The Good Book, or Just a Good Book? Some Educators Say to Understand Literature, High School Students Should Know Scripture
Malone, Tara, Daily Herald (Arlington Heights, IL)
Byline: Tara Malone Daily Herald Staff Writer
CORRECTION/date 06-20-2006: To correct a statement in a story in Thursday editions of the Daily Herald, nine books were targeted for removal from required reading lists in Northwest Suburban High School District 214.
"The Grapes of Wrath" offered his first clue.
A second came with another John Steinbeck classic, "East of Eden."
By the time Alex Cyhaniuk got around to reading "Fahrenheit 451," the South Elgin High School sophomore knew to scout for references to the ancient text that permeates many of its pages - the Bible.
For him, it was not a quest for religion but for literary meaning.
"In order to fully appreciate literature, you need to have some knowledge of the Bible," said 16-year-old Cyhaniuk, whose summer reading list includes Mark Twain's "The Adventures of Huckleberry Finn" and "A Farewell to Arms" by Ernest Hemingway.
"You can't appreciate literature as you would if you didn't," Cyhaniuk said.
Woven through allusion, allegory and metaphor, scriptural references to the flood, the exodus or the storied tale of two brothers, one good and one evil, pervade Western literature from Steinbeck to Emily Dickinson and Toni Morrison.
Understanding such literary staples requires at least a passing knowledge of the Bible, whether a student worships God, another deity or none at all, according to a survey of university literature professors released earlier this month.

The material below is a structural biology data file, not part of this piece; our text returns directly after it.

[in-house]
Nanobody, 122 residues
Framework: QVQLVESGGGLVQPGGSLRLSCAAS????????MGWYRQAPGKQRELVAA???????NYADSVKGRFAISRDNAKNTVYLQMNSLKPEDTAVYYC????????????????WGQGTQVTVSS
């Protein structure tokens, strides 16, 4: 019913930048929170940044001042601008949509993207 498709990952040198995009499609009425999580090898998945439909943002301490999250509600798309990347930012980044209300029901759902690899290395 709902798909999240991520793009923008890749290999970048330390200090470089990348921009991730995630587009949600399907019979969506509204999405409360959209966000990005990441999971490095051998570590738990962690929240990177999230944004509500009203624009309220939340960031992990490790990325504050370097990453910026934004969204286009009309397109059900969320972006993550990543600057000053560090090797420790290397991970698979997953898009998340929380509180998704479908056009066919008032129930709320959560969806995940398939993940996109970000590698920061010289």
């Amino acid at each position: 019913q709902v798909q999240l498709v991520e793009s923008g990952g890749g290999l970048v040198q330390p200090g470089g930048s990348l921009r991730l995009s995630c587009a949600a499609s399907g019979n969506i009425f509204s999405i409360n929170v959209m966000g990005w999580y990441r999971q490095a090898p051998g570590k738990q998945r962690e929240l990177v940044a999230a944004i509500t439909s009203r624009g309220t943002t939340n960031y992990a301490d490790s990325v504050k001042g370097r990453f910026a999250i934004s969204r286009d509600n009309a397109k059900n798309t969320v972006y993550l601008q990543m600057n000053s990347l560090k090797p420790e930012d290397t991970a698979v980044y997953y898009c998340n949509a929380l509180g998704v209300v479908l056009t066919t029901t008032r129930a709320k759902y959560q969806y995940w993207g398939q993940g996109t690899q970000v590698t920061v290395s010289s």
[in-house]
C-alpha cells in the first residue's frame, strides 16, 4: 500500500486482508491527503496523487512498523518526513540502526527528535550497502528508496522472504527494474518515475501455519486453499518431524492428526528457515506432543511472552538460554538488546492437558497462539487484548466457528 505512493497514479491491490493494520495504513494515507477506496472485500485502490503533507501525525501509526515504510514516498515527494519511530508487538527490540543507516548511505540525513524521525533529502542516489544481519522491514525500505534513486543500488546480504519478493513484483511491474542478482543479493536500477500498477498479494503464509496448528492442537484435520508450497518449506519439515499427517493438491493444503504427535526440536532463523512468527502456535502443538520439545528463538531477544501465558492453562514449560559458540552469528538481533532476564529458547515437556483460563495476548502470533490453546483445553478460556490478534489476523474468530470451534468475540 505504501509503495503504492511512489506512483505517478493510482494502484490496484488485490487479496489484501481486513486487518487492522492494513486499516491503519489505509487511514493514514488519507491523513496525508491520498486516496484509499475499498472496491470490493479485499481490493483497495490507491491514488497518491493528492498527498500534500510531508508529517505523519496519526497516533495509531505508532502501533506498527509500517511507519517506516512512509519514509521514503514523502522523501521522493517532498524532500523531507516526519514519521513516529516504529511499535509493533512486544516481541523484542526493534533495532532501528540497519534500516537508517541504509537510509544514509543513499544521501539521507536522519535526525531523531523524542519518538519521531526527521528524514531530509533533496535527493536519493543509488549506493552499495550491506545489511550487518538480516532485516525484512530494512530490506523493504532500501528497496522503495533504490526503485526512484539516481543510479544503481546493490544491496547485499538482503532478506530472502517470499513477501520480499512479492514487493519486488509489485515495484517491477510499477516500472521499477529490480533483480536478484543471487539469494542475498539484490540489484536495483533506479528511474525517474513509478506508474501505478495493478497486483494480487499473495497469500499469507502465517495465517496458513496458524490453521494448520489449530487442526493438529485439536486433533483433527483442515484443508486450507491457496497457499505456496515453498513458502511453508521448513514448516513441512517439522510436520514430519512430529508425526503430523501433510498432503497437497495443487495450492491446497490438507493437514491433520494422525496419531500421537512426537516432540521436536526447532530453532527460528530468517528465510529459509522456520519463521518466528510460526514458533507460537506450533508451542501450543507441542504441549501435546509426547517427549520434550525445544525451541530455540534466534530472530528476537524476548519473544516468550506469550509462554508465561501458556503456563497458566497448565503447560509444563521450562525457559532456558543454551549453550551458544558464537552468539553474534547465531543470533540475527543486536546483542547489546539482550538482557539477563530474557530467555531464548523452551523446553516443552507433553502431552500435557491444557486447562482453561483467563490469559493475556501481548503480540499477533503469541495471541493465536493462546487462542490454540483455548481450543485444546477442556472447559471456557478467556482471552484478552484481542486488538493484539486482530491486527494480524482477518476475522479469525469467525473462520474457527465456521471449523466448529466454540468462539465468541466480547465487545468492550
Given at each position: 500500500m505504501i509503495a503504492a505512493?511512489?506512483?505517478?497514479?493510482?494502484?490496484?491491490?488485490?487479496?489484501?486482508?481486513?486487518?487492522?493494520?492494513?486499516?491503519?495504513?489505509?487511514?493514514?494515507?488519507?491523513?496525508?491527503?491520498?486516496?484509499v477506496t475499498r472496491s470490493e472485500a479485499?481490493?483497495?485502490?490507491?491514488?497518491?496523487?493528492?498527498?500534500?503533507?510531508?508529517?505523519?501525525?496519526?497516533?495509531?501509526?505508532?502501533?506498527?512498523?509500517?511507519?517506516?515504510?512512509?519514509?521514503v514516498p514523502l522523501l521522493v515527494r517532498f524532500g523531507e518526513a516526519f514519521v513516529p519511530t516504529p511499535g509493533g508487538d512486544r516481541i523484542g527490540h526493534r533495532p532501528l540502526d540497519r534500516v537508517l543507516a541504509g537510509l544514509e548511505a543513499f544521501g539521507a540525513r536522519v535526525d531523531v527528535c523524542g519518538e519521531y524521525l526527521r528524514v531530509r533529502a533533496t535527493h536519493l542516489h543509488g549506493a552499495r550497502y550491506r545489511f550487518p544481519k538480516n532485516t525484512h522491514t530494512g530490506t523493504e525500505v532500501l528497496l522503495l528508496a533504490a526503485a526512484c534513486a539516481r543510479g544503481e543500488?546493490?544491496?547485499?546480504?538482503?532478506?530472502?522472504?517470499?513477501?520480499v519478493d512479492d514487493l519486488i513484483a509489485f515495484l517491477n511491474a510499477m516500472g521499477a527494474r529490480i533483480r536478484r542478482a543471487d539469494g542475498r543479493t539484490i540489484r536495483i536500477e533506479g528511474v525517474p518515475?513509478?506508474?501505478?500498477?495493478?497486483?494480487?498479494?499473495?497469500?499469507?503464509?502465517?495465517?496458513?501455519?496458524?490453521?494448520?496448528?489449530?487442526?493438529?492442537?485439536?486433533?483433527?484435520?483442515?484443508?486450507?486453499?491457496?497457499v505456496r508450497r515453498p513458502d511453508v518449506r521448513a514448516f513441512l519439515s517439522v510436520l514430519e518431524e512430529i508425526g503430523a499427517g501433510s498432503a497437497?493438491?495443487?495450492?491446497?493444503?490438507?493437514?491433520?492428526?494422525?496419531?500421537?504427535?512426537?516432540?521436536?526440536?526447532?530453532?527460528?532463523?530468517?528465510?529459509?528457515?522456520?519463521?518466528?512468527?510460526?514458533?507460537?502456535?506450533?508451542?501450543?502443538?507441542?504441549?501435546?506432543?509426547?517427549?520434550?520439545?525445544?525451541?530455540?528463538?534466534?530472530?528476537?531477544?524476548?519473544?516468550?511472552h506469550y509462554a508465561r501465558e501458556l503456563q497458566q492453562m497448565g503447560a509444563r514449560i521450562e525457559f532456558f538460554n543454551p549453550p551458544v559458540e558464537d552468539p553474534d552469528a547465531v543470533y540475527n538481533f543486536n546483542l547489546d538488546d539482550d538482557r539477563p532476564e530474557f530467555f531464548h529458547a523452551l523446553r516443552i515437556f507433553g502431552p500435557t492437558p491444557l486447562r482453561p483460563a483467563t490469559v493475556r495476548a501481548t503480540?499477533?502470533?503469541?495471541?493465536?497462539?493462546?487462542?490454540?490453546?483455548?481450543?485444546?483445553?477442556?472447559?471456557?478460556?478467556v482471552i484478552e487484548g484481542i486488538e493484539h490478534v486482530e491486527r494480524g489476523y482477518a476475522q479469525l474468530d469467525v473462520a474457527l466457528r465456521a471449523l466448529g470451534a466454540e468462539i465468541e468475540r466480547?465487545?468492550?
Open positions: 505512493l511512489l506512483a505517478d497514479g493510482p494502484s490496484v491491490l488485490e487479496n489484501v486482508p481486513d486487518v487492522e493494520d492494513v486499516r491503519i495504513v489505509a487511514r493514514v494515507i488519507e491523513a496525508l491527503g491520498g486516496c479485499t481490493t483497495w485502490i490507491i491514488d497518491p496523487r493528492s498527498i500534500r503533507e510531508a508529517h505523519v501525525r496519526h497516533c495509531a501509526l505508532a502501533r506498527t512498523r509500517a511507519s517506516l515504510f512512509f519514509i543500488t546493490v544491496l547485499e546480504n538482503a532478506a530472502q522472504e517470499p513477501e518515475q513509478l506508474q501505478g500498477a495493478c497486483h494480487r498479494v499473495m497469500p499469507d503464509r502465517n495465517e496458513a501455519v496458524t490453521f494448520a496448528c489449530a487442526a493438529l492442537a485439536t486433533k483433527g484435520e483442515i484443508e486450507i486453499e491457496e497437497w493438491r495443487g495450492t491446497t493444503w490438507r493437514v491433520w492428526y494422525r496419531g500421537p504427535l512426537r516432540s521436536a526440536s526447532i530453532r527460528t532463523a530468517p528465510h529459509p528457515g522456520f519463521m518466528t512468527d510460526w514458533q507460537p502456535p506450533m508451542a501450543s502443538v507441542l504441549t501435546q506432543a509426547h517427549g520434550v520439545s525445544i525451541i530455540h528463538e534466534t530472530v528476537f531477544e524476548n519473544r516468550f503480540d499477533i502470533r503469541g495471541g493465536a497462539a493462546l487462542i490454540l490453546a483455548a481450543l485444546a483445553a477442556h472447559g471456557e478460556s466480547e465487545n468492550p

High school English classes sit at the forefront of the literary translation, where they've been for years.
"The Bible is all over the place in public schools," said Charles Venegoni, who heads the English department at Hersey High School in Arlington Heights. "The treatment is way greater than people think it is. It's also more scholarly and more neutral than people think."
Yet the advent of academic textbooks plugging the Bible's literary significance coupled with legislative efforts in some states to sanction Bible courses in public schools fuels new debate about teaching old scripture.
This offers an ironic twist on calls by some conservatives to ban books they view as vulgar and profane from high school classes, such as recently occurred in the Northwest suburbs.
"'The DaVinci Code' showed up on my stepson's summer reading list last summer, and I don't see why the Bible cannot be given equal time," said Mal Kline, executive director of Accuracy in Academia, a conservative education watchdog.
Many contend the spiritual weight of the psalms, epistles and gospels should not be glossed over to focus just on the historic or literary gravitas, an area of study permitted by the Supreme Court.
Others of a different ideological bent dismiss studying the Bible's literary significance as an attempt to shoehorn scripture into publicly funded schools.
From the morning bell to dismissal, many educators and students see the Bible as central to lessons in Western literature and thought.
"The alternative is cultural illiteracy," said Rob Boston, a spokesman with Americans United for Separation of Church and State.
Still, teaching about the Bible's role in books or history can be dicey, experts caution. Some school districts fold the issue into the English curriculum, some don't touch it at all and others leave the matter in teachers' hands.
"It's a tricky thing to do. You cannot avoid talking about God when you talk about the Bible because he's the central character," said Barbara Newman, a Northwestern University professor of English, religion and the classics. "Talking about God will inevitably lead to talking about religion and values."
Between the lines
From William Faulkner to Ernest Hemingway and even Dan Brown, authors divided by decades, genre and tone are bound by narrative threads of scripture. …